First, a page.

While the plant contains various toxins that can help stimulate the heart, if ingested in large quantities it can actually cause death. In fact, all parts of the lily of the valley plant are poisonous and is dangerous if swallowed. Finally, lily of the valley is also sometimes cultivated to produce green dye.

So despite their innocent appearance, they can be pretty deadly. Another proof that appearances can be deceiving.

Flower Guide

Flower in Focus: Daisy

April 9, 2018
Flower in Focus: Daisy

Need some cheering up? A basket of daisies should do the trick! Yes, this month’s flower in focus is the common daisy, the English daisy or the bellis perennis specie.

Daisy is the birthday flower for the month of April. These hardy and cheerful blooms are often associated with virtues like purity, fidelity and hope. Why are daisies associated with death? What does “fresh as a daisy” mean? Find out all about this sunny flower’s origin, meanings, symbolic associations and uses.

Background and Etymology

Self-Care | Daisies

The name daisy comes from two old Anglo-Saxon words, daeges and eage, meaning “day’s eye” or “eye of the day.” It signifies the flower’s tendency to close its petals in the evening and open in the morning. As for the specific specie of daisy, Bellis perennis originates from the Latin terms bellus (pretty) and perennis (everlasting).

In Medieval times, the English daisy was also widely known as “Mary’s Rose.” Daisy is likewise a popular a girl’s name. It is considered as the flower of children and innocence. Girls named Margaret are often given the nickname of Daisy since the French name for the oxeye daisy is marguerite.

Meanings and Symbolisms

While widely associated with purity and innocence, daisies have also been linked to deceit. This may be traced back to Roman and Celtic mythology which exemplify these conflicting qualities.

According to Roman mythology, the nymph Belides transformed herself into a flower to deceive and subsequently escape Vertumnus, the deity of orchards. This flower became known as the English daisy. Meanwhile, in Celtic myth, it was said that the maidens of the court of King Morven informed a grieving Malvina that they saw her infant son happily floating above the fields and dropping flowers with a golden disk on them. The flowers, they said, looked like children playing in the verdant field—a picture of innocence.

Shakespeare also gives credence to daisy’s symbolisms of deceit and purity. In Hamlet, Ophelia hands Queen Gertrude a daisy to convey the message that she cannot expect loyalty from her deceitful husband. She also weaves daisy garland which she drapes around her before drowning. A symbol of her innocence.

In fact, the daisy has become intertwined with British culture as many English poets, not just Shakespeare, have been charmed and inspired by this common flower. It is said to be Chaucer’s favourite flower. He called it “eye of the day.” Both Shelley and Wordsworth also make references to the daisy in their respective works.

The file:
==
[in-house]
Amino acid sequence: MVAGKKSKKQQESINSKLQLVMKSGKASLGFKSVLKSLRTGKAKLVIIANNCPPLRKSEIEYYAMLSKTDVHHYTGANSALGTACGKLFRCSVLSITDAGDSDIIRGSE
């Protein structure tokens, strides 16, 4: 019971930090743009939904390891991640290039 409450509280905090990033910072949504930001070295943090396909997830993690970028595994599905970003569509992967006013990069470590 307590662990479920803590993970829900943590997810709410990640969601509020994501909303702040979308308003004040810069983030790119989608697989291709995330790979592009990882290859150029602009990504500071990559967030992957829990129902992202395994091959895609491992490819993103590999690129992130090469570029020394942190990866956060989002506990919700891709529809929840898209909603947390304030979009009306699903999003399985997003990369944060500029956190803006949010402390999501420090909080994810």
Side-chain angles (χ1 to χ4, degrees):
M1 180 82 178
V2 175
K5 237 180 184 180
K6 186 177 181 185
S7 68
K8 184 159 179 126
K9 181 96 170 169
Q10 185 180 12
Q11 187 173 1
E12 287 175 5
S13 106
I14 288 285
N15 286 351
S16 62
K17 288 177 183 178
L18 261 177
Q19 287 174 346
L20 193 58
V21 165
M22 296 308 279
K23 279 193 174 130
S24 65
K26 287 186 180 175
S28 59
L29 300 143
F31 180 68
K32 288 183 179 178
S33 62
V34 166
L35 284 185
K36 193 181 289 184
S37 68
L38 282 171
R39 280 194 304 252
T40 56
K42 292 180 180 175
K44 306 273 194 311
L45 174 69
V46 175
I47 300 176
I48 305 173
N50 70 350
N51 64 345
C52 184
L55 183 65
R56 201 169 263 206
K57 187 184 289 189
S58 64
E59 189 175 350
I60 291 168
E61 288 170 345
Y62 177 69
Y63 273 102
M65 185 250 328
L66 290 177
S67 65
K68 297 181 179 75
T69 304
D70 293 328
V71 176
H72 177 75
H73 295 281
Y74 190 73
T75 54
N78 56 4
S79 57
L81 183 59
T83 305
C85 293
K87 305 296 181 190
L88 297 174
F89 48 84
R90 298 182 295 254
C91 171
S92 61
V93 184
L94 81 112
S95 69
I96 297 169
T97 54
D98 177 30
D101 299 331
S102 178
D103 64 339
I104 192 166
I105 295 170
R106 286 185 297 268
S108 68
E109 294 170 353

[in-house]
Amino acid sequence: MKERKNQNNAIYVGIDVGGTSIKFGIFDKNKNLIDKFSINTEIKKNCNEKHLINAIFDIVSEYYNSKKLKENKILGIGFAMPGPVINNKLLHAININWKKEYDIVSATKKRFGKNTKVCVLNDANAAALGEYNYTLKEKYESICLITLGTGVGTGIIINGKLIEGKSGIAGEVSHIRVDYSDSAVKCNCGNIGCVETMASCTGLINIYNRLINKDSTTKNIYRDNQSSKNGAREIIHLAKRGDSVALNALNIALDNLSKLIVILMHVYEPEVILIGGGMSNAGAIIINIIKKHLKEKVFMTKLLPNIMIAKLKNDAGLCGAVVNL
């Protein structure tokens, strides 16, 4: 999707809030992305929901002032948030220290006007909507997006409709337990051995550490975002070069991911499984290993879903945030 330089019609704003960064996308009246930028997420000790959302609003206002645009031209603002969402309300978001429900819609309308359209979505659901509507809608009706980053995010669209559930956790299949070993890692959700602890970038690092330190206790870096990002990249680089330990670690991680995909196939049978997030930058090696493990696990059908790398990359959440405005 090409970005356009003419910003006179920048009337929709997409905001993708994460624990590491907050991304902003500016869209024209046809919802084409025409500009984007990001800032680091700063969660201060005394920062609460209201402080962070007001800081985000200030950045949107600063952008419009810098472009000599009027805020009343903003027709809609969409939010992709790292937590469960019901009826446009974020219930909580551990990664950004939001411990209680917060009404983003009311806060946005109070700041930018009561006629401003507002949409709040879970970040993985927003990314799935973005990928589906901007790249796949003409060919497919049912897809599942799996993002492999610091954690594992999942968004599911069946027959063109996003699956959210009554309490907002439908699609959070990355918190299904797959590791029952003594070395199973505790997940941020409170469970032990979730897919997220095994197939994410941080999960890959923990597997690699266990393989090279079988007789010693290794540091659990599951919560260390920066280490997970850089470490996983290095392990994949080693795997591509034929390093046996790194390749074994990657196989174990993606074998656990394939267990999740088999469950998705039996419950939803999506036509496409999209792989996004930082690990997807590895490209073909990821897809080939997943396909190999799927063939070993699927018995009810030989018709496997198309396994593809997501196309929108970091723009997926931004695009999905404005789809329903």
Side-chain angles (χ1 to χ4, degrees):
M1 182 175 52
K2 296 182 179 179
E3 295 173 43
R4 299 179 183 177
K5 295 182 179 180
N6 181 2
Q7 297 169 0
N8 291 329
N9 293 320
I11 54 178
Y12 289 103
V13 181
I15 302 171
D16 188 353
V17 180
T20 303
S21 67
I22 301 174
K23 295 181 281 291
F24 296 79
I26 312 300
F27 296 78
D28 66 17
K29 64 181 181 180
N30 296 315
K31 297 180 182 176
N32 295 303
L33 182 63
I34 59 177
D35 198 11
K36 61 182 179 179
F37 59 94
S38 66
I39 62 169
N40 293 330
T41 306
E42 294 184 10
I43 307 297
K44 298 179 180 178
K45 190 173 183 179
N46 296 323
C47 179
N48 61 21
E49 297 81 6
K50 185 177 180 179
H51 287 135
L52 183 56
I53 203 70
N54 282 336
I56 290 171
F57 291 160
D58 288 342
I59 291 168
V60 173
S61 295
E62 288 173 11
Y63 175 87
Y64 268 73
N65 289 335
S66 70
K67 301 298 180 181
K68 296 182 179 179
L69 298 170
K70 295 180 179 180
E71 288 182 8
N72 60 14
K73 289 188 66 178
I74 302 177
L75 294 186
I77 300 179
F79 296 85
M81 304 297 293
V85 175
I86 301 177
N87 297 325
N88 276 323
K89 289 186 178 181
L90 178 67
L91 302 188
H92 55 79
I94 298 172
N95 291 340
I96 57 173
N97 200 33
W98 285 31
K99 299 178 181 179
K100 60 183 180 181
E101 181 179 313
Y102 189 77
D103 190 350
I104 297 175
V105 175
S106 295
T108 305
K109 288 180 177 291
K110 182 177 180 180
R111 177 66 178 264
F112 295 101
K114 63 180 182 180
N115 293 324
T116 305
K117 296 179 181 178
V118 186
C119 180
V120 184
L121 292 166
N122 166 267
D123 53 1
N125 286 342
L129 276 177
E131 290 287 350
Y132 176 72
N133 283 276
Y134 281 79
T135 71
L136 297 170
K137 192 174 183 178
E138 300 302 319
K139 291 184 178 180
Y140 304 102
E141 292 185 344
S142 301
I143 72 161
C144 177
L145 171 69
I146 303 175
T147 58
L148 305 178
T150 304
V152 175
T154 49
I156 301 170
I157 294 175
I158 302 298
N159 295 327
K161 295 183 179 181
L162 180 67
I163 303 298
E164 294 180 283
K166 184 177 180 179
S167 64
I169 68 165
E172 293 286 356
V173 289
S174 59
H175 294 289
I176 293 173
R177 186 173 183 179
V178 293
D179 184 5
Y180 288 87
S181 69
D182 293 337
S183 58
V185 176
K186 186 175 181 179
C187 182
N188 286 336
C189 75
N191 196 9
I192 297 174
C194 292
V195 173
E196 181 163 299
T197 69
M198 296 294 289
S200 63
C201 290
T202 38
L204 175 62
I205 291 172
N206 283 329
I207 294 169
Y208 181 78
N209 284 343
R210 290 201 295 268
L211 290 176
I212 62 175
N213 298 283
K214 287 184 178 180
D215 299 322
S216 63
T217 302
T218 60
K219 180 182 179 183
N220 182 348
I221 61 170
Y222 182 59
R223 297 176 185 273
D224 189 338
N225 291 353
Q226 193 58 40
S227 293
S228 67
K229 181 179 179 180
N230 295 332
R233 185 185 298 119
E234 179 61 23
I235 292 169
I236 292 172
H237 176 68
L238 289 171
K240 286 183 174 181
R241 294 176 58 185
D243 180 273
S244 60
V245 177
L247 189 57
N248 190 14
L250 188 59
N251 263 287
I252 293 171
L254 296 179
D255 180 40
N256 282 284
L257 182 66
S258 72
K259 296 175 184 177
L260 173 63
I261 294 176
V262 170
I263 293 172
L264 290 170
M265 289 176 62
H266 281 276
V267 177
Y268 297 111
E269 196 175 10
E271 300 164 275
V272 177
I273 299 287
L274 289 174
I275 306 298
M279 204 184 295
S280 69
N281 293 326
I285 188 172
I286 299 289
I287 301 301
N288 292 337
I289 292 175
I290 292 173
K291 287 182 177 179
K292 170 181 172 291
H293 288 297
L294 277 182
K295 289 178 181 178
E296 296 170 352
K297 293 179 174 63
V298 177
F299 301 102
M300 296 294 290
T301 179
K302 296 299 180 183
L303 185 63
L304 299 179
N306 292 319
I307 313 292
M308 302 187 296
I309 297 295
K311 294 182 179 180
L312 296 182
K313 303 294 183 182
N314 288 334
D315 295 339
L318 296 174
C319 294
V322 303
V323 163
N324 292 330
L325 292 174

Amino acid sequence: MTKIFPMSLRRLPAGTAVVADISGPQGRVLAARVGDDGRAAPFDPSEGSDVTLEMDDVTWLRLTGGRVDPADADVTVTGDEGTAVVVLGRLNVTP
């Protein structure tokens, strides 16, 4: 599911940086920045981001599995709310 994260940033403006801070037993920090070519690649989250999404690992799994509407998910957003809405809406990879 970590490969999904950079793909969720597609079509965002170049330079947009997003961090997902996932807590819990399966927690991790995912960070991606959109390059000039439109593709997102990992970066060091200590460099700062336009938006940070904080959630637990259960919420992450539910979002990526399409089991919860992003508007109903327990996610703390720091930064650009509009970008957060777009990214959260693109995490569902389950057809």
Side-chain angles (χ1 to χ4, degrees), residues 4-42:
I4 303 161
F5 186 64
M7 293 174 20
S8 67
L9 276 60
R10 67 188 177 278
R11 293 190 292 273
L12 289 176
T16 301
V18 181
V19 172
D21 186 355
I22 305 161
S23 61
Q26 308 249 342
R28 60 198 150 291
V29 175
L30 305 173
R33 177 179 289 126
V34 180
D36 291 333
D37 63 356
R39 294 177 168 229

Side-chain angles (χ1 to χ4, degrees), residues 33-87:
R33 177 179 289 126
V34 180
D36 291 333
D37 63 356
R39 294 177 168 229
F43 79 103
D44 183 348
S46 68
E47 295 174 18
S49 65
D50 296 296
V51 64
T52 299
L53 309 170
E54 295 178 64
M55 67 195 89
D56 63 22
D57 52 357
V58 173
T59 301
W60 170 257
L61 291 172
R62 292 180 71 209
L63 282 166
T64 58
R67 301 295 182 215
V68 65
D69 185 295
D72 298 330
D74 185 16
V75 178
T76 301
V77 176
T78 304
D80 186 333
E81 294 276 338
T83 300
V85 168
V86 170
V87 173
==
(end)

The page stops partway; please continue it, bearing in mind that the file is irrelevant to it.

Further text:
Over the years, daisies have become ingrained in languages especially our idioms. Two Doc Holliday quotes from the movie Tombstone (1993) feature daisy: “You’re a daisy if you do” and “You’re no daisy. No daisy at all.” In both cases, daisy means wonderful or amazing. So if you’re no daisy, then you’re no good.

The connection of daisies to anything good, virtuous and honourable can also be traced back to the Victorian era. The Victorians were fascinated with the language of flowers. They connected daisies with purity and innocence. In those days, when women receive a basket of daisies from a gentlemen they fancied, it meant that their feelings were reciprocated. It also means that he intends to court the woman.

In modern parlance, the same admirable qualities are upheld. The saying “fresh as a daisy” is uttered when someone looks vibrant, energetic and full of life. Meanwhile, the expressions “ups-a-daisy” or “whoops-a-daisy” is used to tell a child to get up and acknowledge a mistake (mea culpa), respectively. The former equates the child to a delicate and innocent daisy, while the latter is a sheepish reference to a not-so-innocent slip of the tongue or a faux pas.

Finally, daisies have been known to be associated with death, hence the slang or saying “pushing up daisies” meaning being dead and buried. The TV show “Pushing Daisies” is also a play on those words. This is perhaps because poets like Shakespeare and Keats have used daisies in association with death and graveyards. In Cymbeline, Shakespeare wrote about burying a fallen soldier: “Let us find out the prettiest daisied plot we can, and make him with our pikes and partisans a grave.” Meanwhile,  Keats in a letter to Joseph Severn wrote: “I shall soon be laid in the quiet grave… the daisies growing over me.”

Practical Uses

Daisy Practical Uses
Daisies are not just pretty, they’re also quite useful. They are edible. Daisy leaves can be mixed into your leafy, green salad for a healthy meal. They also have medicinal properties which can be used for a variety of ailments. Specifically, wild daisy tea has been known to treat coughs, throat inflammation, bronchitis, among others. You can also apply wild daisies to the skin to promote healing of wounds and other skin diseases.

Your common daisy is certainly fascinating. This low maintenance flower is often overlooked because of its ubiquity, but knowing its humble origins and cultural impact makes the daisy even more beautiful. They may not be top choices for Valentine’s Day Flowers, but they’re often indispensable in bouquet delivery for occasions like birthdays, graduation and even for funeral flowers.

So cheer up a friend or comfort a loved one with these lovely daises or you’re no daisy. No daisy at all.